I was in that tornado. I lived on Taylor street close to the mall. I will never forget that day. My mom and I were leaving her friends house that was in a trailer park my mom came running outside screaming for me to get in the car .. I remember looking out the back window of the car watching that huge black tornado getting closer to us. We made it home ran to the hall and my mom took the mattress off of my bed brought it to the hall shut all the doors and we huddled underneath that mattress. The sound we then heard was unlike any other. It was as if a train was roaring right thru our house. As we emerged the only damage to our house was a huge crack in our living room ceiling. Others in our family were not as lucky .. My grandmothers house was just a concrete slab as well as my aunts house. It was absolutely devastating . it was definitely the worst disaster I had ever seen ..

My techers friend

My teachers friend was inside of the tornado and he got tangled up in barb wire and has scars everywhere he miraculously survived

i was also there i suffer

i was also there i suffer still

Modena Morris should be

Modena Morris should be Modena Norris , she was married to Herman D Norris, they were my parents. I lived in Wichita Falls with my husband , we had been married 7 months. Everything is as vivid today as it was that day it was the most horrible time of my life. I still cannot watch tornadoes on the news & don't like to listen to the stories theyr'e always the same. I still wonder what went through my parents minds as they faced their fates that evening.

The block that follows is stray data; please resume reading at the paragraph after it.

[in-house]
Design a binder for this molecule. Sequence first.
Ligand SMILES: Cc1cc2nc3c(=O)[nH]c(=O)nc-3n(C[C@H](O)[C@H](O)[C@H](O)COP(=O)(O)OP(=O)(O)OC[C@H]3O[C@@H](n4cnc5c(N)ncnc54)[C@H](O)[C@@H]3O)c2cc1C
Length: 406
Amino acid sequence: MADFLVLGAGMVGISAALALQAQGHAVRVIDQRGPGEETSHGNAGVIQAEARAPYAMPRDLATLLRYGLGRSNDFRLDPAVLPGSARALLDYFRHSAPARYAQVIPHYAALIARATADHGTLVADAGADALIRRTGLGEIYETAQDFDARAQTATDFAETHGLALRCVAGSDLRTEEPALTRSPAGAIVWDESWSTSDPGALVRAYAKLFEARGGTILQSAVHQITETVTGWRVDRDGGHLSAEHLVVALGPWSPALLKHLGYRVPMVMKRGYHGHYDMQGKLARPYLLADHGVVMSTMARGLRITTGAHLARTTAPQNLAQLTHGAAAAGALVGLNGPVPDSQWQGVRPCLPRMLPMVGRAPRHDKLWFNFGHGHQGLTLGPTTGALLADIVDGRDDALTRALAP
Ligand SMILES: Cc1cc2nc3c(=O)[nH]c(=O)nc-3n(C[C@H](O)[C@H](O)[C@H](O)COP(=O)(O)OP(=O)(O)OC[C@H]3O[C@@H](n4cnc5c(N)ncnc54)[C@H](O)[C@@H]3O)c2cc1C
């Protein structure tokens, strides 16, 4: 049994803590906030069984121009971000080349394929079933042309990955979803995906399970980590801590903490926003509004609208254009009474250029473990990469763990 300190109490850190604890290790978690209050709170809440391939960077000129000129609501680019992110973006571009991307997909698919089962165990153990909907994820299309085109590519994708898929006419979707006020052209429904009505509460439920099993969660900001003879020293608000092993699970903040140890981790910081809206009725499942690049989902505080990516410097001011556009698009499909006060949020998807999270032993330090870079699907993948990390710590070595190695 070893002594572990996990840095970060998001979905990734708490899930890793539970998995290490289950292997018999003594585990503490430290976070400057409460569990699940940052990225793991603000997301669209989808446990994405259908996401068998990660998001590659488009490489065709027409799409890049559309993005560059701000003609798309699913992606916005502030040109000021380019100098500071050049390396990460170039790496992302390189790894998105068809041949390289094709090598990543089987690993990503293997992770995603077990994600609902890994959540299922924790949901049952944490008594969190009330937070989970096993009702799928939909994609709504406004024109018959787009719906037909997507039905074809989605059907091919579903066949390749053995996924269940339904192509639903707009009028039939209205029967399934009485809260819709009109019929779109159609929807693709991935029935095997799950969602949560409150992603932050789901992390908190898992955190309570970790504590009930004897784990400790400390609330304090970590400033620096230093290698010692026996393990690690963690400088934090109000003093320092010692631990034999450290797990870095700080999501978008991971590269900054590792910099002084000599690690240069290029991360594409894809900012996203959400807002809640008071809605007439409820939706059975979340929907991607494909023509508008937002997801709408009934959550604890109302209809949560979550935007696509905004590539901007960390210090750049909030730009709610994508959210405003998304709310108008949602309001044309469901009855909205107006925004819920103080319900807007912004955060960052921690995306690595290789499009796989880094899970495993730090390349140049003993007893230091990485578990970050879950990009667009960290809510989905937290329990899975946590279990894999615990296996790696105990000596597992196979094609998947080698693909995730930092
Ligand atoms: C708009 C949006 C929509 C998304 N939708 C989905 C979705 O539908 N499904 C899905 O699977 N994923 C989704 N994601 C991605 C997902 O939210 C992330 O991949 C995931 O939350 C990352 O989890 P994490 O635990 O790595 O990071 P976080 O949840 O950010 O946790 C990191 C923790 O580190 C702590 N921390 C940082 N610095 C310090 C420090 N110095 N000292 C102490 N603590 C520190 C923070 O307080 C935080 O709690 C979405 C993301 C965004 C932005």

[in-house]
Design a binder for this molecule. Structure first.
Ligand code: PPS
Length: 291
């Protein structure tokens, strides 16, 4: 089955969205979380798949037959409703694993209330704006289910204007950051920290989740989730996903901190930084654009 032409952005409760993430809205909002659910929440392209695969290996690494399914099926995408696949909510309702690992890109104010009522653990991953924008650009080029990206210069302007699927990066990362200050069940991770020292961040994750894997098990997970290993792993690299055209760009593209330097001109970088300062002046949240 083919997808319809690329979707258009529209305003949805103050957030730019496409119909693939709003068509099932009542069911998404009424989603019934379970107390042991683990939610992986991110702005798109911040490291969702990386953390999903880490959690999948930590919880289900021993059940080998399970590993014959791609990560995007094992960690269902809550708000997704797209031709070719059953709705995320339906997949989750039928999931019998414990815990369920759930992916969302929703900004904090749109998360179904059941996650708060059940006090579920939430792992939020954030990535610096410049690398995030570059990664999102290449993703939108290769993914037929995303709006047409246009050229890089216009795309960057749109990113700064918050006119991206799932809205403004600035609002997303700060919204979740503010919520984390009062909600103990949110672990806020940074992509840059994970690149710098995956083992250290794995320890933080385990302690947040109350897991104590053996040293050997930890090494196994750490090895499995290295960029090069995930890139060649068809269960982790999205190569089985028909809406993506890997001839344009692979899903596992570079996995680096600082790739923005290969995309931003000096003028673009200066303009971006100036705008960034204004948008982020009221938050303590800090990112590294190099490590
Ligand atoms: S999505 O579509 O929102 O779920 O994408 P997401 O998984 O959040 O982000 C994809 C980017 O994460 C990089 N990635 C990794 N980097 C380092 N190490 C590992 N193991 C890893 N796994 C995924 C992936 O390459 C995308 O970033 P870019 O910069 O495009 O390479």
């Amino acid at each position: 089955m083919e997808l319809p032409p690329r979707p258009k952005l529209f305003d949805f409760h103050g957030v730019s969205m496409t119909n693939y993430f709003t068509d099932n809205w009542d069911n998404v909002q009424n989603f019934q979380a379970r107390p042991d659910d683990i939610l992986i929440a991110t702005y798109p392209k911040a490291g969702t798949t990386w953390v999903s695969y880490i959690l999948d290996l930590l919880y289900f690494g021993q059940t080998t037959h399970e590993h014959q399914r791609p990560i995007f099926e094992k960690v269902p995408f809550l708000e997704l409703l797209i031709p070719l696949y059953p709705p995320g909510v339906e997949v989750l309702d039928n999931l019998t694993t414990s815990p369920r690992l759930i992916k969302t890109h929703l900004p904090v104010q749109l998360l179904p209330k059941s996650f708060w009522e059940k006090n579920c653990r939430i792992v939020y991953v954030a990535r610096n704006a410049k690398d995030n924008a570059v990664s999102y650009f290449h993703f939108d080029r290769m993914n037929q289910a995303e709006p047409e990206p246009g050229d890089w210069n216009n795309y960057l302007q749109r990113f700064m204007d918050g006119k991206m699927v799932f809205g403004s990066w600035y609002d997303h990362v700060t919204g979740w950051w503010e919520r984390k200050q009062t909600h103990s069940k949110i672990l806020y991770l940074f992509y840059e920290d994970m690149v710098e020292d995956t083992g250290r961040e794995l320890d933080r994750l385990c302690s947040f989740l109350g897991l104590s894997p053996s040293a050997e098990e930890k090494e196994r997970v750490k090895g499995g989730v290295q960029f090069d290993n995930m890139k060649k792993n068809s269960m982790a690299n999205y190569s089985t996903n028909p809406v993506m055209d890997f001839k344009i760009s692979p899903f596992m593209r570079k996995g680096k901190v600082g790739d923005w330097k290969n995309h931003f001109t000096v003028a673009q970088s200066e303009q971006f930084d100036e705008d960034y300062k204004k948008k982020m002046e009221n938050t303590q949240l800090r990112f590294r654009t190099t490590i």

Terrible Tuesday

I too was one of those airmen, and also remember sitting in my room looking out the window and wondering why it was so still outside, no noise, no birds chirping weird. 2 minutes later we were told to grab our mattresses and head to the first floor hallway. We all gathered in trucks and went into Wichita Falls to help, the devastation was unbelievable, the worst disaster I have ever witnessed. We went to our first sergeants house and his wife and kid were trapped in the bath tub; a 2x4 had penetrated the exterior wall and had pinned them down luckily they had pulled a mattress over the top of them for protection.

15 years later I returned to Sheppard AFB as a technical instructor. There was a civilian lady working in the office and upon her shelf was a book about Terrible Tuesday, it was I believe assembled by the town. In it were pictures of all the military help. Ironically I turned to a page and found a picture of myself on one of the trucks. I wish I could find a copy of this book I would love to keep it as reminder of that terrible time.

if anyone has seen this book please let me know I will would willing to pay for it or get copies of the pictures etc.

Seems Like Just Yesterday...

I was one of the Airman mentioned from Sheppard AFB. I remember sitting in the office where I worked in the afternoons after classes were done when the sirens went off. They had us drag our mattresses off of our beds and huddle beneath them in the hallways. I was Airman of the Month that April and attended several functions with the Base Commander to extend our condolences and offer our support. I remember so many of us piling into trucks and heading into town to help with clearing debris and directing traffic. It was a horrible thing and my heart still aches for the folks who lost so much. The destruction in Joplin, MO brings it all back.